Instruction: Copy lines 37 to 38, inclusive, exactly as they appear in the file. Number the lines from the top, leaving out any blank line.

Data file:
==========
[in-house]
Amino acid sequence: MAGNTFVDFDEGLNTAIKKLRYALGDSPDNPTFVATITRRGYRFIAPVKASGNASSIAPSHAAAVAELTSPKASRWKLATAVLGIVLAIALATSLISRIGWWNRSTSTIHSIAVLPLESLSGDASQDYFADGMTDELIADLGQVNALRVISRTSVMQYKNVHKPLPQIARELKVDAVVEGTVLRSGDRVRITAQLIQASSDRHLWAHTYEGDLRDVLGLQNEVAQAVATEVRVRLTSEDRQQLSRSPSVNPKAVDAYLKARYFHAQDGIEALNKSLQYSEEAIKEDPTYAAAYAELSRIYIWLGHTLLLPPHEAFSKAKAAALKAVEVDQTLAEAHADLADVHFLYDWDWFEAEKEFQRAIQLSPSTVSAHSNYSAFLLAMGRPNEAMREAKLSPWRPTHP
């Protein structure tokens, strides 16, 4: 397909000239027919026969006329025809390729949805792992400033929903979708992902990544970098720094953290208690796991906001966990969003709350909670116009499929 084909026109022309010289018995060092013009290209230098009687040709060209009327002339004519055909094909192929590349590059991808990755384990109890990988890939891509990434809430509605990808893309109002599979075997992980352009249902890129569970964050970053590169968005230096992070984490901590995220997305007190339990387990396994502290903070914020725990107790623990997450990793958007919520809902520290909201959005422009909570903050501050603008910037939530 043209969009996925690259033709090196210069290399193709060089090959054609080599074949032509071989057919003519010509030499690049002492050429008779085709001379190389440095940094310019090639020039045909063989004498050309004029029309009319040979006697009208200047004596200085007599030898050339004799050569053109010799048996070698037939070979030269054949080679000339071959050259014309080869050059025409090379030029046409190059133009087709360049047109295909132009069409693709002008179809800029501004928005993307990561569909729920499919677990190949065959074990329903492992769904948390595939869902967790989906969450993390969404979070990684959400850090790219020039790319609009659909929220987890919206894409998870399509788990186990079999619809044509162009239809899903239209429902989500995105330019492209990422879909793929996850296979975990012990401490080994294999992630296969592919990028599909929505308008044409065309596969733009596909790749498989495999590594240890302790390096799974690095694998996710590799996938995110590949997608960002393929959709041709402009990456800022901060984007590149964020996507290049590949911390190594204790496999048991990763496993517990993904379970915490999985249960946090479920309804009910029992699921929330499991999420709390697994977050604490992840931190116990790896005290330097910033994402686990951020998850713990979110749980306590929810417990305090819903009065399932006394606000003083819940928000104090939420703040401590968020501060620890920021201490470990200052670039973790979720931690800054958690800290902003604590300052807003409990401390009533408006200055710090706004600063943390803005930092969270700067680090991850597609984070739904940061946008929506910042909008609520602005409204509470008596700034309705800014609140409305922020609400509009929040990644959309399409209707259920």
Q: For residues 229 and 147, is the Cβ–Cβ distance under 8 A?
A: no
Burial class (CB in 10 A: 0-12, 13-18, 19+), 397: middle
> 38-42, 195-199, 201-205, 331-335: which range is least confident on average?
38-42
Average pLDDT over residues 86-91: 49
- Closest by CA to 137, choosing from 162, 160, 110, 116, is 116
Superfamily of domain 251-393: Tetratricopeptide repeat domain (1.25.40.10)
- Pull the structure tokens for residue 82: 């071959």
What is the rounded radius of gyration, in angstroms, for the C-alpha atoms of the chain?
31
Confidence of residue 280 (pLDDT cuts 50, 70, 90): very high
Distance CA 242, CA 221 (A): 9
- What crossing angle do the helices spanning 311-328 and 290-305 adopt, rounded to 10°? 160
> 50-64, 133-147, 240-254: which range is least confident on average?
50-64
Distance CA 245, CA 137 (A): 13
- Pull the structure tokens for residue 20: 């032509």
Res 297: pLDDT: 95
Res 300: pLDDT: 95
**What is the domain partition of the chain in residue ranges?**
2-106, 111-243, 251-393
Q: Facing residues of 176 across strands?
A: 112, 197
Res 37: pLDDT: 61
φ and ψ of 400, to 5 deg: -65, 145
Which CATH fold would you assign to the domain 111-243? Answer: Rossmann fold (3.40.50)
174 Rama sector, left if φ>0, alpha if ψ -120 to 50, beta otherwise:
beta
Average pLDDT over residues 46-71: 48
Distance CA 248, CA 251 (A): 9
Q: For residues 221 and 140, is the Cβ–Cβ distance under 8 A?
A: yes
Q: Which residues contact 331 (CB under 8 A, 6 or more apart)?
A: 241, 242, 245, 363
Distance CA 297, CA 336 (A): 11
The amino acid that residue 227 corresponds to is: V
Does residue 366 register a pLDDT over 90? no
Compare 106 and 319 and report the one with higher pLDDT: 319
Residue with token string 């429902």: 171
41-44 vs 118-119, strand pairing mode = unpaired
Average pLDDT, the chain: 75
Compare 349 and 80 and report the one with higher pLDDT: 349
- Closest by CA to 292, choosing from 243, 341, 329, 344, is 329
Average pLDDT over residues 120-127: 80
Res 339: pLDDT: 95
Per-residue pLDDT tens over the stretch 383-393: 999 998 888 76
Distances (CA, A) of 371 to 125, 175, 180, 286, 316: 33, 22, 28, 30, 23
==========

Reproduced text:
Q: Which residues contact 331 (CB under 8 A, 6 or more apart)?
A: 241, 242, 245, 363